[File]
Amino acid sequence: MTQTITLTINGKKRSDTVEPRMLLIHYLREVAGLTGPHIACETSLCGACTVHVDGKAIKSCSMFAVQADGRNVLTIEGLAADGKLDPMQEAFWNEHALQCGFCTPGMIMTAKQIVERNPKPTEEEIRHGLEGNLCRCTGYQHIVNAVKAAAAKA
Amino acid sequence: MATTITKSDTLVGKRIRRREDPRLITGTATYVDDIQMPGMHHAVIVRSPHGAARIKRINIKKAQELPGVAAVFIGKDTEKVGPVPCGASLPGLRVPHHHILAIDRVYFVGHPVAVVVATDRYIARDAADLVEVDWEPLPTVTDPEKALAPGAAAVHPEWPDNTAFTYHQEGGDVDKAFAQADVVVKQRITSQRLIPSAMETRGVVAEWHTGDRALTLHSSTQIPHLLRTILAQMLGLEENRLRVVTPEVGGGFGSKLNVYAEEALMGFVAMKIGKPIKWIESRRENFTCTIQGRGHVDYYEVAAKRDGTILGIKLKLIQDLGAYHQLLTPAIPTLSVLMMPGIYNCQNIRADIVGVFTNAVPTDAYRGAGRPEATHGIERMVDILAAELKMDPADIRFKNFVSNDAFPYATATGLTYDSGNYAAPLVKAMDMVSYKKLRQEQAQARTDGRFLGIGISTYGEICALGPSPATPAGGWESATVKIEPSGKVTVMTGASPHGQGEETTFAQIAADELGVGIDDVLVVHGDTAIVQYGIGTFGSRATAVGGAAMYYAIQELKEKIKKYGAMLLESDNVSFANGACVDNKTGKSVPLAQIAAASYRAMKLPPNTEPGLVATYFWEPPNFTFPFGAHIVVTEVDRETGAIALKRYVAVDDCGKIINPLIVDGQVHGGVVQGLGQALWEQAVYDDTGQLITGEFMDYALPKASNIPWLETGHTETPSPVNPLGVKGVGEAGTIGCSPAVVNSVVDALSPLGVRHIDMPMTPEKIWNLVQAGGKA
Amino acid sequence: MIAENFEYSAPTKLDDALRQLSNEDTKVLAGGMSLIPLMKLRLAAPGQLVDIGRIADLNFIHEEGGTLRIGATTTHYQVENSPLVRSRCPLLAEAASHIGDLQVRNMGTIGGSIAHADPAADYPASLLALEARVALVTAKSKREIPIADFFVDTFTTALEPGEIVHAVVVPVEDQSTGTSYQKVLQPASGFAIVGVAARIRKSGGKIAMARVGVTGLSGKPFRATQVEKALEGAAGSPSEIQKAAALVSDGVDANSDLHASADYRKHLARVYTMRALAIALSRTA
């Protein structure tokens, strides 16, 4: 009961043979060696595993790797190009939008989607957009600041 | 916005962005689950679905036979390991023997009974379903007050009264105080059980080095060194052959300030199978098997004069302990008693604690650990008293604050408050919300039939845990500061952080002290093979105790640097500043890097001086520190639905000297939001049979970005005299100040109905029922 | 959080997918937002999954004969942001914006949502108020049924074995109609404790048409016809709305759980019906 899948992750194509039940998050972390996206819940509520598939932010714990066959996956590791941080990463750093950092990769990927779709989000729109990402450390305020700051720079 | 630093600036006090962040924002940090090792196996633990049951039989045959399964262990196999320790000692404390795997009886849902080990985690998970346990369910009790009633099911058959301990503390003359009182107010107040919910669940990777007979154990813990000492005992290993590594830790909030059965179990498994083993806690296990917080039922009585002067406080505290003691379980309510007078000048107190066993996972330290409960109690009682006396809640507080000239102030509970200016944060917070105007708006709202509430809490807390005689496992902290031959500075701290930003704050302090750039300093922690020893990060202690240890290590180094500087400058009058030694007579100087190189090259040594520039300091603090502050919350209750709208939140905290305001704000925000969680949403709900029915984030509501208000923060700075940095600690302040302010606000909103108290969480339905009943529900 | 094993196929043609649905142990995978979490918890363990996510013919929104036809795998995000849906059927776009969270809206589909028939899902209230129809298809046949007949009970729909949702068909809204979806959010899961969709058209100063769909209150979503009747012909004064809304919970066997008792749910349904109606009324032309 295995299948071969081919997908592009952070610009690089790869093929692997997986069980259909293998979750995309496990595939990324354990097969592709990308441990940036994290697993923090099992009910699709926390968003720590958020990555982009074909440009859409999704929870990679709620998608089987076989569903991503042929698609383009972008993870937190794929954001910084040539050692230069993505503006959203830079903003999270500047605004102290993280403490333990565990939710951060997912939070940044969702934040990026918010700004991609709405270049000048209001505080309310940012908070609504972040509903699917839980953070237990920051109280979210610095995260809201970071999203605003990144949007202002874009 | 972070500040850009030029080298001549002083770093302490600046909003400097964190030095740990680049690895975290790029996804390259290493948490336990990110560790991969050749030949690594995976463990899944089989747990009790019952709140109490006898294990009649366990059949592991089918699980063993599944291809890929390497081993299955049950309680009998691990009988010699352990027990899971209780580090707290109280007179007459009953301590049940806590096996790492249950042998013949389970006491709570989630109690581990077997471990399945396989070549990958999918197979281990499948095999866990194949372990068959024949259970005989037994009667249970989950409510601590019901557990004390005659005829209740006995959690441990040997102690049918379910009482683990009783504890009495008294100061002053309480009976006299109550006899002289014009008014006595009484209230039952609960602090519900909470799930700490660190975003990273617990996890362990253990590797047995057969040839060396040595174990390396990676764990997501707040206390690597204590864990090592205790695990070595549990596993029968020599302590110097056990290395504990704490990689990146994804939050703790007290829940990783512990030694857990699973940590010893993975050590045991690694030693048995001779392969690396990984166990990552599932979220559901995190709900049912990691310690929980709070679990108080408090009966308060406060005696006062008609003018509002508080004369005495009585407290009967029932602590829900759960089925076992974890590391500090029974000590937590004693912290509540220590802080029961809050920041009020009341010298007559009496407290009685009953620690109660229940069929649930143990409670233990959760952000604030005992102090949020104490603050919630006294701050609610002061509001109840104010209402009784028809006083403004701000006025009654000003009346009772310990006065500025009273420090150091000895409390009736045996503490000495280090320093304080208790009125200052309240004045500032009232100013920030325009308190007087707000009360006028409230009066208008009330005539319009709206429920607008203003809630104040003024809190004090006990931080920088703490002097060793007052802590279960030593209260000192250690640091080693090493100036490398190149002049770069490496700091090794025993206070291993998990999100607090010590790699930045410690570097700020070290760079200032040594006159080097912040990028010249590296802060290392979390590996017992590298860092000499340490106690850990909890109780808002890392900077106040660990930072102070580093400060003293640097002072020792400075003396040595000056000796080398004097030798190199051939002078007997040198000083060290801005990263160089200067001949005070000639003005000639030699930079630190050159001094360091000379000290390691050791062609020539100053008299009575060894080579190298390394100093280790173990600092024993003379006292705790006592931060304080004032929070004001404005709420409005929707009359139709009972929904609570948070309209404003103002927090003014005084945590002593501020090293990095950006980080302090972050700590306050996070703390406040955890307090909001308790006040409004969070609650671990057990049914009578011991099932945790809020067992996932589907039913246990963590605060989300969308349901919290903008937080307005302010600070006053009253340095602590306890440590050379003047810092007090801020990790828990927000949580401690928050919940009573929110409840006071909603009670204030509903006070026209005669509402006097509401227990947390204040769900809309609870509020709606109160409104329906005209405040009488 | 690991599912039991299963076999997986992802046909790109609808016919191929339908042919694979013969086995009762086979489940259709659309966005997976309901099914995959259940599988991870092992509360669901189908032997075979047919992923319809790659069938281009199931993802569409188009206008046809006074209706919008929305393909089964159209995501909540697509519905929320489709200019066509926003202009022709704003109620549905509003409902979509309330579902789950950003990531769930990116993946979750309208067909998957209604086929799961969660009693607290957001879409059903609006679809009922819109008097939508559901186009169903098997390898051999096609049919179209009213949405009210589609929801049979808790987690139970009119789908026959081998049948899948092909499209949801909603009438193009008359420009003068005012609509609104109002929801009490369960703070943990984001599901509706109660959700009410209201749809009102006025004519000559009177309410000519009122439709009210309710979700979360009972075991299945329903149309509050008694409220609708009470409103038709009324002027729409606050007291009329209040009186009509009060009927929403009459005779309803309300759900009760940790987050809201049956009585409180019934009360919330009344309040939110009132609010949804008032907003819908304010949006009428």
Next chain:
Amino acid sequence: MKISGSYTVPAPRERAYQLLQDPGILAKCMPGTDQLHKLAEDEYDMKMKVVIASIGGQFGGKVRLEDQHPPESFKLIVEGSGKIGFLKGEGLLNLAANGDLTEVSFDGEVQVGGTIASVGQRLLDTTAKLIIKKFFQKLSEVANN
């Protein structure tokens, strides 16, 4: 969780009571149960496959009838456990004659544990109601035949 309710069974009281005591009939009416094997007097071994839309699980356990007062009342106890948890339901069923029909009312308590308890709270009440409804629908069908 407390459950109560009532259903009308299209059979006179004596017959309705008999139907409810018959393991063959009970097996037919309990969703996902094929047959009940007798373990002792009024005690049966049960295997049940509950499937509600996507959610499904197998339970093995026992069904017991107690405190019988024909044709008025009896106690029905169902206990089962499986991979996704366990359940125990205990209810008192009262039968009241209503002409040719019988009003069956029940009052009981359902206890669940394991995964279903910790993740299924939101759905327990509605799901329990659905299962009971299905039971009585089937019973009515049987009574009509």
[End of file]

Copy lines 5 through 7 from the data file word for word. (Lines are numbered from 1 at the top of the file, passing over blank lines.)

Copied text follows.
Next chain:
Amino acid sequence: MKISGSYTVPAPRERAYQLLQDPGILAKCMPGTDQLHKLAEDEYDMKMKVVIASIGGQFGGKVRLEDQHPPESFKLIVEGSGKIGFLKGEGLLNLAANGDLTEVSFDGEVQVGGTIASVGQRLLDTTAKLIIKKFFQKLSEVANN
């Protein structure tokens, strides 16, 4: 969780009571149960496959009838456990004659544990109601035949 309710069974009281005591009939009416094997007097071994839309699980356990007062009342106890948890339901069923029909009312308590308890709270009440409804629908069908 407390459950109560009532259903009308299209059979006179004596017959309705008999139907409810018959393991063959009970097996037919309990969703996902094929047959009940007798373990002792009024005690049966049960295997049940509950499937509600996507959610499904197998339970093995026992069904017991107690405190019988024909044709008025009896106690029905169902206990089962499986991979996704366990359940125990205990209810008192009262039968009241209503002409040719019988009003069956029940009052009981359902206890669940394991995964279903910790993740299924939101759905327990509605799901329990659905299962009971299905039971009585089937019973009515049987009574009509």